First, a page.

- Posted by doEEEt Media Group
- On September 11, 2019
Capacitors are essential components in a wide range of electronic systems including smartphones, household electric appliances, electric vehicles, and medical devices to name a few. Capacitors for use in life-supporting and non-life-supporting medical devices are required to have high reliability, and they are taken through stringent screening checks. Moreover, unlike capacitors for use in consumer electronics, these components have special evaluation criteria and service life requirements.
Passive components have a wide range of uses in both implantable and non-implantable medical devices. Although all medical applications demand compact and high-reliability capacitors, implantable medical devices have the most stringent performance demands.
Capacitors for use in implantable medical devices
There are a wide range of implantable medical devices used in today’s treatment procedures. These devices include artificial cochlea, cardioverters, defibrillators, insulin pumps, gastric stimulators, neuro-stimulators and pacemakers. Since implantable medical devices are embedded in the body of a patient, it is necessary to ensure that they have insignificant side effects on a person.
Capacitors for use in implantable medical devices are required to have high reliability, large capacity and be small in size. As compared to capacitors for use in portable and wearable medical devices, these components are subjected to a more stringent screening process. They are also specially designed to ensure that they offer a longer service life. In addition, capacitors for use in life-sustaining medical devices have stricter change control requirements.
Solid tantalum capacitors are widely used in the electronic circuits for both life-supporting and non-life-supporting devices. The popularity of these capacitors is mainly due to their impressive self-healing capability and inherent reliability. In addition, due to the high volumetric efficiency of these capacitors, it is possible to produce components with high capacitance values in small case sizes. Furthermore, unlike most types of capacitors, solid tantalum capacitors do not have any known wear-out mechanism.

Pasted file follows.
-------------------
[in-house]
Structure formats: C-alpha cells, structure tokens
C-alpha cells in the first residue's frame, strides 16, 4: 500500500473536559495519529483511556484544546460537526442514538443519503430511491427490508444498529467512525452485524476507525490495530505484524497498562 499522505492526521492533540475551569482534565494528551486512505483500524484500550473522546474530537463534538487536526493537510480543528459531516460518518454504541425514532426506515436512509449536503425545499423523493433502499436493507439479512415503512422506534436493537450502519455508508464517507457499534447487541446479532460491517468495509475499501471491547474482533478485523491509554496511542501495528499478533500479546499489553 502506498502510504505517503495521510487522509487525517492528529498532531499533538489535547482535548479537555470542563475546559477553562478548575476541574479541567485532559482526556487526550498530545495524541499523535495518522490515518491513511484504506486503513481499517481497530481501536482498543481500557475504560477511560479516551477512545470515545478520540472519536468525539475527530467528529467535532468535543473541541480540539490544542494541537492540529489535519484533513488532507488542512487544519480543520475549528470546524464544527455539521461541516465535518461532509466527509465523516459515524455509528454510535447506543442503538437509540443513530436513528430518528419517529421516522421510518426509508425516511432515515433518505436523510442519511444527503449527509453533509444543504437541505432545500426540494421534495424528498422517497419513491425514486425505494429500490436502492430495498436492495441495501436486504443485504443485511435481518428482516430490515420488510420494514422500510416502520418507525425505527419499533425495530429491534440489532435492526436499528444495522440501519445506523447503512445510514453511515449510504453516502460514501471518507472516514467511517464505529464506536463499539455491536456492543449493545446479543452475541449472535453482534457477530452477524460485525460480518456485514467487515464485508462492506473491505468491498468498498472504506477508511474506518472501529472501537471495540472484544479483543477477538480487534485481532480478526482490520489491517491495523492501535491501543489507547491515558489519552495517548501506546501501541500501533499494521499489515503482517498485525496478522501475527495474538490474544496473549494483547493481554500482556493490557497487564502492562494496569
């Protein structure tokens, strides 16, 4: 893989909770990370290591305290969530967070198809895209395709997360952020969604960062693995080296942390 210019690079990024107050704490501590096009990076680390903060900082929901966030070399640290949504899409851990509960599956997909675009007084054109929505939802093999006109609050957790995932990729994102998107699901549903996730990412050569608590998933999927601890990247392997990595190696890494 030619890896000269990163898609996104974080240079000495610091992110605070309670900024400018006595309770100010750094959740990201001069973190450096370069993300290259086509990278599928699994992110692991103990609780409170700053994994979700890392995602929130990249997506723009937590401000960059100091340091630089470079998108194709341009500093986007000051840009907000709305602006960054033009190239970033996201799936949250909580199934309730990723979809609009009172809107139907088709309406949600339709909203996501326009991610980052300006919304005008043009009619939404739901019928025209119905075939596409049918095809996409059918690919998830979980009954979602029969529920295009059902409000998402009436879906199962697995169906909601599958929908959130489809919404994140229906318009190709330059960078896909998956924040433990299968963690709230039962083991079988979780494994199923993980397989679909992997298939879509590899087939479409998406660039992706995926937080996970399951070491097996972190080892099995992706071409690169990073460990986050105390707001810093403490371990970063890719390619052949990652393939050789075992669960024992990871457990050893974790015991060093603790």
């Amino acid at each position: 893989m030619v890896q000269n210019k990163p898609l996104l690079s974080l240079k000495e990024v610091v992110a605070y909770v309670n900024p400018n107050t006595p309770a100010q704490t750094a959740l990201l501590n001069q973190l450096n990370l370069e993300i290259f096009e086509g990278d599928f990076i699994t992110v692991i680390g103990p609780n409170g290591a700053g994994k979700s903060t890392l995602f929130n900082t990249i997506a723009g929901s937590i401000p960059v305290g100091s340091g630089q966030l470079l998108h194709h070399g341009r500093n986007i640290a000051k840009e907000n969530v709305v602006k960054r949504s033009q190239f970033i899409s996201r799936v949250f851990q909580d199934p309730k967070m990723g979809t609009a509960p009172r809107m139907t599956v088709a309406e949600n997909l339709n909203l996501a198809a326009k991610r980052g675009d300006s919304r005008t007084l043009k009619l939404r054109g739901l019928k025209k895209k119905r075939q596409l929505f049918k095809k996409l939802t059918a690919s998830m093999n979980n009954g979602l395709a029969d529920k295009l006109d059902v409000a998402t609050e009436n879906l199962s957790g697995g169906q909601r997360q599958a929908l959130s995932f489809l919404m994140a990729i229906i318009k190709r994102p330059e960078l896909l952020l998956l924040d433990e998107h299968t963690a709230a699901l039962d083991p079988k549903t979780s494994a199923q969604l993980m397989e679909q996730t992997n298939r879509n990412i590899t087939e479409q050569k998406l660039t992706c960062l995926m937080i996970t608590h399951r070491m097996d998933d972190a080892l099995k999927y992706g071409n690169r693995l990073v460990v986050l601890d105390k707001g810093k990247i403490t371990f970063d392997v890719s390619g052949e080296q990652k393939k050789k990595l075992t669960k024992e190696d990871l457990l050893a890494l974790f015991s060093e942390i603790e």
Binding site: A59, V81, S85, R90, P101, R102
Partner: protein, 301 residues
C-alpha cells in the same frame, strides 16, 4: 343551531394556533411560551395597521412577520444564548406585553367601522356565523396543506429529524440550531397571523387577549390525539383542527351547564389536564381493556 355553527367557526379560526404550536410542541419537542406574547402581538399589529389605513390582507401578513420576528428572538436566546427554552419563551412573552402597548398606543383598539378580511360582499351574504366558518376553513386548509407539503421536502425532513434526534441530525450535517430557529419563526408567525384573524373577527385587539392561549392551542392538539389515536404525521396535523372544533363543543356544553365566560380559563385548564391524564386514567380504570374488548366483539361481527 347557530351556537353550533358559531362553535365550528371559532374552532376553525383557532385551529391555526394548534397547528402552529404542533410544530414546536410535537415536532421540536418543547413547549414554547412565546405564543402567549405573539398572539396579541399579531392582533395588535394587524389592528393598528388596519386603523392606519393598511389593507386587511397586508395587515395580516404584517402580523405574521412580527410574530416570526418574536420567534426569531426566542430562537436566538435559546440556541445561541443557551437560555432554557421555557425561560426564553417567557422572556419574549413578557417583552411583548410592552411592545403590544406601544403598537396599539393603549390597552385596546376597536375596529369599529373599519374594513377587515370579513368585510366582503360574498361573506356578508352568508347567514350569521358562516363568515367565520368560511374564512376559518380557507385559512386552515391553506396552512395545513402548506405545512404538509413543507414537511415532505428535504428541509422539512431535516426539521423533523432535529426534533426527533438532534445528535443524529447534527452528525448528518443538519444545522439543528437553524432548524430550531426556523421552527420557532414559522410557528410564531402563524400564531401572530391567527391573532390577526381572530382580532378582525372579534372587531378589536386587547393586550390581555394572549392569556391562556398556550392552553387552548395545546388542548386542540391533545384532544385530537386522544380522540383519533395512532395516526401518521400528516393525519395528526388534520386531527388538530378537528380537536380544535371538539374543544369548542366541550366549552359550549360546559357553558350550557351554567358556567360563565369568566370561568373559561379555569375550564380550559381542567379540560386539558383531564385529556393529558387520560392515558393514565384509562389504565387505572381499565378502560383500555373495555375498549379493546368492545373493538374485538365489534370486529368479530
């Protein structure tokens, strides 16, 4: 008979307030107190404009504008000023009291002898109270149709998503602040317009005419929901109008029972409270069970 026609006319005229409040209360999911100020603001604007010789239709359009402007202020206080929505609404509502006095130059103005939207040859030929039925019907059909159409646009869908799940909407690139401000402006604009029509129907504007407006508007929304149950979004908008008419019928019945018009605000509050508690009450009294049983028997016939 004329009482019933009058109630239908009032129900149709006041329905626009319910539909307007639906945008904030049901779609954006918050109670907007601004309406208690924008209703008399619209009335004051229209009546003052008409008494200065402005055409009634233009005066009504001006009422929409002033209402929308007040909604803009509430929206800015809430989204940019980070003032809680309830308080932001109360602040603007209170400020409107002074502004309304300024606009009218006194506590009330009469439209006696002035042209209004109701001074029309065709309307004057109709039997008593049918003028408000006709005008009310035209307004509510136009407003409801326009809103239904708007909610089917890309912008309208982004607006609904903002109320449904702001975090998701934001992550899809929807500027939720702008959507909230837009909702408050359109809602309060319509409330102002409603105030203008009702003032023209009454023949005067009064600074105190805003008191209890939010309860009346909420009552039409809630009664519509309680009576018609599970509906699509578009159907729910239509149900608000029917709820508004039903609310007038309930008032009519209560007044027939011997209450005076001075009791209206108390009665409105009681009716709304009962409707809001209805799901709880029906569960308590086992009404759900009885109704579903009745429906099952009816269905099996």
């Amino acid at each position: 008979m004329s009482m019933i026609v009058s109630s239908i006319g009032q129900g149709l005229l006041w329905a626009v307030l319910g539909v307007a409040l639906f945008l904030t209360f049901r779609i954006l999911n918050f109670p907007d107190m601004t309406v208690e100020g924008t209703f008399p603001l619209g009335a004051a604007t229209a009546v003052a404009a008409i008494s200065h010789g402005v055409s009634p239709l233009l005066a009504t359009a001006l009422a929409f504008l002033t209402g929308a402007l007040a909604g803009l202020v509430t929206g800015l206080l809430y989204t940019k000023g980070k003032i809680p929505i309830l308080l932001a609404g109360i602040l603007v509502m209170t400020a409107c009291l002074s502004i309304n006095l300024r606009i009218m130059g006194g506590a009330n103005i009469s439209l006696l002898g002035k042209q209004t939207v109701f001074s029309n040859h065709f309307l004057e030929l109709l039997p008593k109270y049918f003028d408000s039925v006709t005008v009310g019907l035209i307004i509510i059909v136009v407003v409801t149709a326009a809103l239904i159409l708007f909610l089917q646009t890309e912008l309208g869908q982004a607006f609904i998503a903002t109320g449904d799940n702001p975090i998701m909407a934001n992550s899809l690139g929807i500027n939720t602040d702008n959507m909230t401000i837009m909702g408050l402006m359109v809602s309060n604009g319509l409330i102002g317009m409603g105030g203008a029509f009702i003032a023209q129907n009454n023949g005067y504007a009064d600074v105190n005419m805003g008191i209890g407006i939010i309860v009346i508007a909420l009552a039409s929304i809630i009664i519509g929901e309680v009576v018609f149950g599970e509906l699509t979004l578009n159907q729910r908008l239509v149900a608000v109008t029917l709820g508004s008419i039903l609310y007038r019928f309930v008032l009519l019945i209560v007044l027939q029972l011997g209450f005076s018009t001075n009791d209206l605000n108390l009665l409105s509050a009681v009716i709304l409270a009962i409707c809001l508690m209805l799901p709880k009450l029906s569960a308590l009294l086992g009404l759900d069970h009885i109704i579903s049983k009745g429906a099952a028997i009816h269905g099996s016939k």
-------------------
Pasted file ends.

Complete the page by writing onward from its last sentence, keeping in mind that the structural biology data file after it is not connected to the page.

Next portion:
Apart from tantalum capacitors, multilayer ceramic (MLC) capacitors are also commonly used in implantable medical devices. MLC capacitors that are designed for critical medical applications are usually compact in size and offer high reliability and large capacity. Use of compact components allows the realization of high-density implantable devices with little or negligible effect on a patient’s body.
Capacitors for use in non-implantable medical devices
This class of capacitors consists of components that are designed for non-critical medical applications. These capacitors are used in various devices including diagnostic imaging equipment such as X-Ray units, and CT and MRI scanners. Capacitors that are designed for use in portable and wearable devices such as electrocardiograms, ultrasonic echo devices, and blood gas analyzers are also in this category.
Compared to capacitors for implantable medical devices, components for use in non-critical medical applications have less stringent reliability requirements. However, unlike commercial-grade capacitors, components for use in this class of medical applications are required to have higher reliability and larger capacity. In addition, today’s non-critical medical applications demand components that are compact.
The two types of capacitors that are commonly used in non-implantable medical devices are tantalum and multilayer ceramic capacitors. Tantalum capacitors for use in non-implantable medical devices are designed to offer low leakage. Unlike standard commercial-grade capacitors, these components are usually taken through special screening process to achieve the required high reliability.